South Africa and Kenya are leading the continent in embracing and adopting cashless payments, according to the results of a new global survey.
Dubbed The Cashless Journey, the report shows that 43 per cent of South Africans, 27 per cent of Kenyans and 7 per cent of Egyptians, which came third in the continent, had adopted fully the cashless system for settling bills, buying goods and paying for various services.
Covering 33 countries in Africa, the report observes Kenyan mobile money platform M-Pesa has contributed significantly to cashless payments, with many other providers in the region rolling out similar products.
Peer Stein, director of access to finance advisory services at the International Finance Corporation, said although many countries have promoted use of credit cards and electronic fund transfers, policy on handling cash has been overlooked.
“What seems to be overlooked in the policy dialogue is that cash takes time to access, is riskier to carry, and costs a country up to 1.5 per cent of its gross domestic product,” Stein said.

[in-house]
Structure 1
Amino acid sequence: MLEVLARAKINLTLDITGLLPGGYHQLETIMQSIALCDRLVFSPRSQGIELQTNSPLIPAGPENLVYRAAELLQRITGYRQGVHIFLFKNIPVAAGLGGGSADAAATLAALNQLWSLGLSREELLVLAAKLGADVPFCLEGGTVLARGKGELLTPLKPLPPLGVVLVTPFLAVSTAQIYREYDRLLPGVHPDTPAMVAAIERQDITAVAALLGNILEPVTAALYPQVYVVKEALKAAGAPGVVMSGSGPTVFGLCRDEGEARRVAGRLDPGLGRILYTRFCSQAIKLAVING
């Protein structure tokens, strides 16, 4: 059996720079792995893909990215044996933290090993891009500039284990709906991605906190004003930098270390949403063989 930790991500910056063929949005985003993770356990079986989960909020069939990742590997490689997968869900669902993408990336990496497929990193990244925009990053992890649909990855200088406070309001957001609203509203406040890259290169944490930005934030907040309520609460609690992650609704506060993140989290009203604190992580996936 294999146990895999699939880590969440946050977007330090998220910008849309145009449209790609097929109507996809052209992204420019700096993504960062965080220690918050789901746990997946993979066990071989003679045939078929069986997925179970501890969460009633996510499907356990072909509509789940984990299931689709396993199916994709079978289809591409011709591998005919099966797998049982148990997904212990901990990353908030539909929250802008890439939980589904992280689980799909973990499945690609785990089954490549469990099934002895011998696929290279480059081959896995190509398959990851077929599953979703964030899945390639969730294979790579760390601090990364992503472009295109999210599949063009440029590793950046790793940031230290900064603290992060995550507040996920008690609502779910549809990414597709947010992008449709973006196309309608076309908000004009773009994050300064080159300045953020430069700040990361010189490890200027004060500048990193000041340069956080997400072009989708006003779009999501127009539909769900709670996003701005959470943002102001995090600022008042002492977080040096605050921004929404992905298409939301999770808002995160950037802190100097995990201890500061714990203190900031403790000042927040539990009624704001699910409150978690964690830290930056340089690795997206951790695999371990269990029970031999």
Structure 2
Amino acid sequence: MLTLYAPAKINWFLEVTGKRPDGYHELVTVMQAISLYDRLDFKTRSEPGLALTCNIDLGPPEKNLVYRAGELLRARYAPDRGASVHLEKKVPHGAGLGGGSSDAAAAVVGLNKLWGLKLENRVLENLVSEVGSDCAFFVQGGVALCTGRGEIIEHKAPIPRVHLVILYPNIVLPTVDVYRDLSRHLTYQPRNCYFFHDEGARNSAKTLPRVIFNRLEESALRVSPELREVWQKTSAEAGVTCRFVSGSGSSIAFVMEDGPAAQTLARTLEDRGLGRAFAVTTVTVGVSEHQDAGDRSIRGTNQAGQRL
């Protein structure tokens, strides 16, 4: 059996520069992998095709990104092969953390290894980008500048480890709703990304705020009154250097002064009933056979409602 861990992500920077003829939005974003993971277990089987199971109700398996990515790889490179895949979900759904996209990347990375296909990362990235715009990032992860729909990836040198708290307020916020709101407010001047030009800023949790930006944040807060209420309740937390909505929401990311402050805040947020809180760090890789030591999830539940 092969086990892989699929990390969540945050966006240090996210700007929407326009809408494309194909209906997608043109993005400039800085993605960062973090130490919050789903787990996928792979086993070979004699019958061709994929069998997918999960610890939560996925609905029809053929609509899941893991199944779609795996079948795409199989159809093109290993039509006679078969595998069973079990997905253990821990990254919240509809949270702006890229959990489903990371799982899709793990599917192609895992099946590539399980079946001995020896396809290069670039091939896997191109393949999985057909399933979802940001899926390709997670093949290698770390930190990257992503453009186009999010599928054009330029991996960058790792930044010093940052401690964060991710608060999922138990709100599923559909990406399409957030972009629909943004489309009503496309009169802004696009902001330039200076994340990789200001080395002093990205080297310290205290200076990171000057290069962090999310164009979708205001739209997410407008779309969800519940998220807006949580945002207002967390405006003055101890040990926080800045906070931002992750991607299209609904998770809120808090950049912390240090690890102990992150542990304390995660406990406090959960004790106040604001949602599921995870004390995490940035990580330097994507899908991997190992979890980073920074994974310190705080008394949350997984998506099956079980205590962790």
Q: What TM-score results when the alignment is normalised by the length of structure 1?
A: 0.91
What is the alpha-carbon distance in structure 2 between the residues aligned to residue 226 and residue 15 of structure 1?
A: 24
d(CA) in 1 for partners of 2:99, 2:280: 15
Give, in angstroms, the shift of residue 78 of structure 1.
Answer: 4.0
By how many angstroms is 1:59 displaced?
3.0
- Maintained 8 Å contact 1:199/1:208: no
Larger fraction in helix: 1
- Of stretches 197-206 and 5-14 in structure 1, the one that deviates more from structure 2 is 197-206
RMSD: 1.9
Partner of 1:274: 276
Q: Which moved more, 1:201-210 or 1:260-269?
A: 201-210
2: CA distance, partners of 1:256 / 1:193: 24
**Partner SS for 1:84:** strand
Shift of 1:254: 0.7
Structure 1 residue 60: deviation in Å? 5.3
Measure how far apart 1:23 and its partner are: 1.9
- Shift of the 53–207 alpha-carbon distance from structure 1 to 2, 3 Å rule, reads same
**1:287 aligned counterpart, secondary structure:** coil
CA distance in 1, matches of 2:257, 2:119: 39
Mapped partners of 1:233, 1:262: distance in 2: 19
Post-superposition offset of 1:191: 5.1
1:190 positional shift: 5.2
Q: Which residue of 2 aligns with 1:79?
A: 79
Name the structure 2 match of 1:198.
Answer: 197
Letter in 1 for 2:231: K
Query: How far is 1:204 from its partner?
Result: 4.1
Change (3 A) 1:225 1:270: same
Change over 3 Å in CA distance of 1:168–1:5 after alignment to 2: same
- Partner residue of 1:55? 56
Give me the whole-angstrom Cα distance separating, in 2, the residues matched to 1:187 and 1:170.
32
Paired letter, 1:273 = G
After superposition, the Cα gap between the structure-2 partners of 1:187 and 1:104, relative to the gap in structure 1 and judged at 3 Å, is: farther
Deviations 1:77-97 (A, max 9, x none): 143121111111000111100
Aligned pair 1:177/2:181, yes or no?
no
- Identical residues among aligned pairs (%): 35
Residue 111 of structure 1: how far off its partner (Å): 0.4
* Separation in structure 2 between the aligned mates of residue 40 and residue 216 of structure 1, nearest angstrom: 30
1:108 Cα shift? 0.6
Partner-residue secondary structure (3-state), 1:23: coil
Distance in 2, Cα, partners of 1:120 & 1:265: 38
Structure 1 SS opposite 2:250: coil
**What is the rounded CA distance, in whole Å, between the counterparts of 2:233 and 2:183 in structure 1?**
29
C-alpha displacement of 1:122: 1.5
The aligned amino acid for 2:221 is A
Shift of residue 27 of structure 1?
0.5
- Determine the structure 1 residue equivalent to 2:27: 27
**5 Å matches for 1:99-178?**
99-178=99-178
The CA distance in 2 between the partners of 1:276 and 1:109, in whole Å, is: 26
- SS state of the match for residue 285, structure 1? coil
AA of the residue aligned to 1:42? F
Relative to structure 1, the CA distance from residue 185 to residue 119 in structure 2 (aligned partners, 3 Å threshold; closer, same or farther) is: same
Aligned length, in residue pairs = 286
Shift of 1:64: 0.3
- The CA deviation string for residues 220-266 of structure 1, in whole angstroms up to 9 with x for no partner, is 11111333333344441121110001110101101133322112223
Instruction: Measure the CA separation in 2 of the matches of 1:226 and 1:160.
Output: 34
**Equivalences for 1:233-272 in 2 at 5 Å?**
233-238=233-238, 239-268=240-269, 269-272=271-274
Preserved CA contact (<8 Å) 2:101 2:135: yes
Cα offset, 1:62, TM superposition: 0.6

“We cannot expect the journey from cash toward electronic payments to be completed overnight, yet driven by technological advances and public-private partnerships this trend has gathered significant momentum over the past few years.”
A recent infographic presented by GSMA mobile for development, shows that 31 per cent of Kenya’s GDP is transacted through mobile money, with users standing at 23 million accounting for 74 per cent of the entire adult generation in the country.
The infographic chronicles the development of mobile money in Kenya, where Safaricom’s M-Pesa dominates the landscape over Airtel Money and Orange money.
The Kenyan experience with mobile money is testimony to how technological innovations coupled with a supportive policy environment and appropriate oversight can enhance the level of financial inclusion and economic growth,” the report said.
The Cashless Journey report focuses on the value of all consumer payments where US$63 trillion in total was spent including those that happen beyond retail point-of-sale in supermarkets, petrol stations and restaurants that accept card payments.